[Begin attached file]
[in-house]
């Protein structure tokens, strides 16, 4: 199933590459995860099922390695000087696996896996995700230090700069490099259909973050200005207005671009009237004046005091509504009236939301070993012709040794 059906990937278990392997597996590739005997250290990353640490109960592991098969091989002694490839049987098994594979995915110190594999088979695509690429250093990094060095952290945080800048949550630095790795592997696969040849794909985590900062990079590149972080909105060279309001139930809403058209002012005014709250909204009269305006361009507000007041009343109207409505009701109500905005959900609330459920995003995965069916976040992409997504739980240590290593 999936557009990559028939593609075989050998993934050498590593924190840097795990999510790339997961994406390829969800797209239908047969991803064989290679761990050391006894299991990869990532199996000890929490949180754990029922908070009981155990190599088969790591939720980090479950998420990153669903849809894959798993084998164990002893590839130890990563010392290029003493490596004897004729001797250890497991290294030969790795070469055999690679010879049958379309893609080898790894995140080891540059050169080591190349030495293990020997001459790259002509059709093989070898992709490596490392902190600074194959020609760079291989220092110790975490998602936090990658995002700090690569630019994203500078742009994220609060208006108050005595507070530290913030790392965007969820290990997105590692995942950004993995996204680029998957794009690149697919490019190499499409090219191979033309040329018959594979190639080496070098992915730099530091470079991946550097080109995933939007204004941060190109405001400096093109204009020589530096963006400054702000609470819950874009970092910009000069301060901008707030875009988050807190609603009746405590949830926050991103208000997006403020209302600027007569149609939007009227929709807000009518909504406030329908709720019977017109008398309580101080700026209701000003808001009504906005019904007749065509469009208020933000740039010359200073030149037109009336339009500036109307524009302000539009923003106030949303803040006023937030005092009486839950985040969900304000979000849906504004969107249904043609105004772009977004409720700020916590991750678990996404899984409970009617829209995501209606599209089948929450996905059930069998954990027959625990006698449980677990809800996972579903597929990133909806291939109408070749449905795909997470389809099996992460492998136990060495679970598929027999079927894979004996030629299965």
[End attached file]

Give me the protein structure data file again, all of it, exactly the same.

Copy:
[in-house]
């Protein structure tokens, strides 16, 4: 199933590459995860099922390695000087696996896996995700230090700069490099259909973050200005207005671009009237004046005091509504009236939301070993012709040794 059906990937278990392997597996590739005997250290990353640490109960592991098969091989002694490839049987098994594979995915110190594999088979695509690429250093990094060095952290945080800048949550630095790795592997696969040849794909985590900062990079590149972080909105060279309001139930809403058209002012005014709250909204009269305006361009507000007041009343109207409505009701109500905005959900609330459920995003995965069916976040992409997504739980240590290593 999936557009990559028939593609075989050998993934050498590593924190840097795990999510790339997961994406390829969800797209239908047969991803064989290679761990050391006894299991990869990532199996000890929490949180754990029922908070009981155990190599088969790591939720980090479950998420990153669903849809894959798993084998164990002893590839130890990563010392290029003493490596004897004729001797250890497991290294030969790795070469055999690679010879049958379309893609080898790894995140080891540059050169080591190349030495293990020997001459790259002509059709093989070898992709490596490392902190600074194959020609760079291989220092110790975490998602936090990658995002700090690569630019994203500078742009994220609060208006108050005595507070530290913030790392965007969820290990997105590692995942950004993995996204680029998957794009690149697919490019190499499409090219191979033309040329018959594979190639080496070098992915730099530091470079991946550097080109995933939007204004941060190109405001400096093109204009020589530096963006400054702000609470819950874009970092910009000069301060901008707030875009988050807190609603009746405590949830926050991103208000997006403020209302600027007569149609939007009227929709807000009518909504406030329908709720019977017109008398309580101080700026209701000003808001009504906005019904007749065509469009208020933000740039010359200073030149037109009336339009500036109307524009302000539009923003106030949303803040006023937030005092009486839950985040969900304000979000849906504004969107249904043609105004772009977004409720700020916590991750678990996404899984409970009617829209995501209606599209089948929450996905059930069998954990027959625990006698449980677990809800996972579903597929990133909806291939109408070749449905795909997470389809099996992460492998136990060495679970598929027999079927894979004996030629299965």